by Ganns Deen

Ah, faith, that misunderstood, over-interpreted, woefully underappreciated word. If only it were as simple as music: for persons who grew up in the 80s, faith meant George Michael in skintight jeans; persons in the 90s knew the Limp Bizkit version. Regardless, it’s funny how many people question a person’s faith in God, with evidence right in front of their noses, but don’t bat an eyelash when it comes to believing other hard-to-prove concepts, like life on other planets, or Bigfoot, or the Marcos wealth. Some of us are pretty easy to please. Others need the info banged into their heads with a shovel. (That last part’s a joke.)

Fact is, we use faith every day. For instance, we have faith that we’ll wake up the next morning, or faith that big coffee chains will continue to make overpriced coffee, or that one day Rachael Lampa will grant us an interview. In this regard, faith is as simple as trust, and we need it to interact with the real world, as Paul Little says in his book, Know Why You Believe (OMF Literature, P169.75).

Take Spiderman’s Peter Parker, for instance.

This guy pretty much grew up a believer in science (and the notion, however far-fetched, that one day Mary Jane would fall for him). Science never truly failed him, and neither did his Uncle Henry and his Aunt Mae. In this regard, he trusted the world. However, faith is only as good as the object of the faith. So, Peter could have that strong faith that Aunt Mae and Uncle Henry would be with him forever, but it’s misplaced, because we know one day, they would die (and Uncle Henry does). No matter how strong our faith may be, if the object of the faith is largely untested, our faith is pretty much useless.

Faith in something tested, however, is something completely different! Take Little’s example of skating on ice: even if you have little faith that the ice can hold you, if the ice can hold you, it will. A reliable object of faith will continue to be reliable, regardless of the strength of your faith. So imagine the surprise of Peter Parker, therefore, when he experiences new powers as the result of a radioactive bug bite! Something completely untested, something completely unknown! What can he do?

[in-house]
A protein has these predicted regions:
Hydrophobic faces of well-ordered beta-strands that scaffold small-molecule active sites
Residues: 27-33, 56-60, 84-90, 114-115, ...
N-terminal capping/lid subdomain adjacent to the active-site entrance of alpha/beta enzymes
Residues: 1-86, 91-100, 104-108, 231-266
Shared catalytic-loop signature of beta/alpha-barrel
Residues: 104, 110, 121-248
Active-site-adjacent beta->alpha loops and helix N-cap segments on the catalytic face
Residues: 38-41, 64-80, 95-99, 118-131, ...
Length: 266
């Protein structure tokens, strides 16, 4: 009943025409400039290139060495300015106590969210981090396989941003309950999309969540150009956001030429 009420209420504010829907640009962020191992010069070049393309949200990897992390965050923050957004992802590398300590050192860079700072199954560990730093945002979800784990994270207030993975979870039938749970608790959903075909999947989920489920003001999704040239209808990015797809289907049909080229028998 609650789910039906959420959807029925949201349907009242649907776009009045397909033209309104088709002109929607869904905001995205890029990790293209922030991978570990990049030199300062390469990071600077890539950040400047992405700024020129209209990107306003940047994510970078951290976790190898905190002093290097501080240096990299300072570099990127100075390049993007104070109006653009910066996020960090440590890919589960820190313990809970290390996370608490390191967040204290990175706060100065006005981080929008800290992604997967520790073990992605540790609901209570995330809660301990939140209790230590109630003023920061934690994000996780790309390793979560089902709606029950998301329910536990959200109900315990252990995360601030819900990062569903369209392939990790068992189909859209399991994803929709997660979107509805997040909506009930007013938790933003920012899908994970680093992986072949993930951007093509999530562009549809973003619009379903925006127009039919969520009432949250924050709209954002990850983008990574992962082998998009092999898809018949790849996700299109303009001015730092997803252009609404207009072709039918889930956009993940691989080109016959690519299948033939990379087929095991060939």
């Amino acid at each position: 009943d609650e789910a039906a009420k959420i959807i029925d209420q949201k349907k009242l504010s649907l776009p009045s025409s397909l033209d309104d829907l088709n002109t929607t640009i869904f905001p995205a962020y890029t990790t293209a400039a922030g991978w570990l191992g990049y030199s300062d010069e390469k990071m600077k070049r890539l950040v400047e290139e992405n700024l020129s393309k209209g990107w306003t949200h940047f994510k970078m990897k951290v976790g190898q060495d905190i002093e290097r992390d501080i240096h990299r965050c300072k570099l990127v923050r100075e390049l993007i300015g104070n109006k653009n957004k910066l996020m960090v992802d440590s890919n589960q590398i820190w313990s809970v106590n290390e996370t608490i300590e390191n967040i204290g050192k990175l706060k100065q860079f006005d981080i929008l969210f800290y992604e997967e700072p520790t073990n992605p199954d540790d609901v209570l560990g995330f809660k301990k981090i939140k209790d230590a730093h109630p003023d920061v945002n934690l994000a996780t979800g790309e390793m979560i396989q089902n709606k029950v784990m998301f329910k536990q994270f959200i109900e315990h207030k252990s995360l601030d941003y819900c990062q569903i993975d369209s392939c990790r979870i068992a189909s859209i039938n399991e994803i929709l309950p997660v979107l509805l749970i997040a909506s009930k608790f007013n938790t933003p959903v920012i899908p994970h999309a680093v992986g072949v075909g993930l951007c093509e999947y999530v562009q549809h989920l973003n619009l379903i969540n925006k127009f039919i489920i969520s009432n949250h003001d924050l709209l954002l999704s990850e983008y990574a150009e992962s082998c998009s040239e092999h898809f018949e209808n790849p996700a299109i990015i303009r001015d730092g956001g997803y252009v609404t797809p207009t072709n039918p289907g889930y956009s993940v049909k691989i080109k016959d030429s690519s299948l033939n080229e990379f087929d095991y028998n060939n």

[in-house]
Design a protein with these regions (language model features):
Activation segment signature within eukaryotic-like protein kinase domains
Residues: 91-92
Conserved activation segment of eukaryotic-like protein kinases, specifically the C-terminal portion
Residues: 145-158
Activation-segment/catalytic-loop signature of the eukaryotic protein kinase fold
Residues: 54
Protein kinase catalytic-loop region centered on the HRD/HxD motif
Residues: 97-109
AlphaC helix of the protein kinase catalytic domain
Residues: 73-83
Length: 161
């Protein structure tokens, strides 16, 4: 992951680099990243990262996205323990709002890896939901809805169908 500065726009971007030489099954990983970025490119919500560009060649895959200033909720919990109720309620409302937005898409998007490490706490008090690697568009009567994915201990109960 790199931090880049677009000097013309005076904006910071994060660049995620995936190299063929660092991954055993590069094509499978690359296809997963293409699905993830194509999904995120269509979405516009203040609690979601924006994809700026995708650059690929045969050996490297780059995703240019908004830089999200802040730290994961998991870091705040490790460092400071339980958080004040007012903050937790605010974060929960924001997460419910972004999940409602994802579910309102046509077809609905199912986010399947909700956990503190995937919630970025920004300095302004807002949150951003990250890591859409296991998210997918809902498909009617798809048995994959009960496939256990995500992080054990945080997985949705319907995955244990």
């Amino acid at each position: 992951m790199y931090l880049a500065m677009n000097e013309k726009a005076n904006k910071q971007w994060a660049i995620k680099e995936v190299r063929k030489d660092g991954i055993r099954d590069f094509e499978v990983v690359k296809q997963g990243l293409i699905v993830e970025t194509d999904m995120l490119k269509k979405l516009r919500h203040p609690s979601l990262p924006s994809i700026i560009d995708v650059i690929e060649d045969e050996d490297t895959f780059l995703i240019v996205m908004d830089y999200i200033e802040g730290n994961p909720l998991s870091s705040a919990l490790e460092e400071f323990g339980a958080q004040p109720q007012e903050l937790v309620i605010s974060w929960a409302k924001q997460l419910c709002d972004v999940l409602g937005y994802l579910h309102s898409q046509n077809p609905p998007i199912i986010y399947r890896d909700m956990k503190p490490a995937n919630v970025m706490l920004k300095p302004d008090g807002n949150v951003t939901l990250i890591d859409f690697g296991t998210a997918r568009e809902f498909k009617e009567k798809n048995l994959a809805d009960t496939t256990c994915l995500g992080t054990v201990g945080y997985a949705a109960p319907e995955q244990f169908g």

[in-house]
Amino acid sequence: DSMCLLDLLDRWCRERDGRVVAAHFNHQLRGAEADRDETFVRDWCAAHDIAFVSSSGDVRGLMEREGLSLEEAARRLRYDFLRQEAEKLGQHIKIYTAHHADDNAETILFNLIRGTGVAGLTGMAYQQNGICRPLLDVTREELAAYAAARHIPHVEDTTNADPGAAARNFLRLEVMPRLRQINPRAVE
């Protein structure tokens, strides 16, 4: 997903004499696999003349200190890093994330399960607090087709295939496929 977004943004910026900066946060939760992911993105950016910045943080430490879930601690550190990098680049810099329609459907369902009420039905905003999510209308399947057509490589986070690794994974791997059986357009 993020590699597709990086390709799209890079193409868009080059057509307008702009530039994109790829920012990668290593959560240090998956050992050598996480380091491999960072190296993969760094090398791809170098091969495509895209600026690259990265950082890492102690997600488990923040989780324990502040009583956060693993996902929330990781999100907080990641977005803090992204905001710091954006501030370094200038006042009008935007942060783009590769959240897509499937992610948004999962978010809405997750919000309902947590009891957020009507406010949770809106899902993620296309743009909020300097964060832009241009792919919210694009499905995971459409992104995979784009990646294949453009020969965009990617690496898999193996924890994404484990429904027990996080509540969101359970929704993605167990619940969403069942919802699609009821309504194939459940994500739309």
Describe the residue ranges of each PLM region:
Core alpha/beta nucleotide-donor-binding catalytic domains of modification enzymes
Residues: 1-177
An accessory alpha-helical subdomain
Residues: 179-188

He tests the powers!

This makes sense, don’t you think? If you’re going to go somewhere far, it makes sense to test the car. If you’re going to become a human spider, you try to climb a wall or spit web out your wrists!

Now, admittedly, our faith can be influenced. Previous knowledge or experience of the object of faith, can affect it (for example, if we’ve always had hard times taking tests, odds are good that we won’t have much faith in our test-taking abilities during the next time). Since Peter had no experience at all of being a human spider, nor was there any record of anyone else experiencing that, he had no one to influence his faith in himself.

Faith in self, however, is a tricky thing. Remember what you read earlier about faith in something untested is not the best way to go? When Peter put all that faith in himself, he was putting himself in trouble.

In Spiderman 2, Spiderman comes to the conclusion that he’d rather turn his back on his powers and go back to being Peter Parker. He doubts his calling, his powers, his abilities, his intentions. When he does, his powers leave him, only to return when he has mustered enough faith in himself and his calling, and when something vitally important to him is put in danger.

Doubt is common and natural in one’s spiritual walk. When one doubts, one questions. And when one questions, one looks for answers. In Peter’s case, he turns to Aunt Mae, who tells him that regardless of who he is, she will continue to love him.

And that’s what makes faith so great. Faith that love will continue to triumph. Faith that Jesus Christ will return. Faith that one day, Satan will get a swift kick in the butt all the way down to eternal damnation. “Everything is possible for him who believes.” (Mark 9:23 NIV) In Romans 1:19, Paul writes that, through creation, “God has made it plain to them” (by them, he means all people). Peter Parker is now Spiderman, and he knows it. Those of us who know of God’s existence trust that it was God who allowed the creation of Spiderman, that Peter can do good work, knowing that, as Spiderman trumpets, “with great power comes great responsibility.”

So, Spiderman dove into the fight with Doc Ock and the Green Goblin. He may have had doubts that he’d win, and we will, too, when we go up against Satan. Keep firm to James 1:3-4, though: “for when your faith is tested, your endurance has a chance to grow. So let is grow, for when your endurance is fully developed, you will be strong in character and ready for anything.” Be strong!

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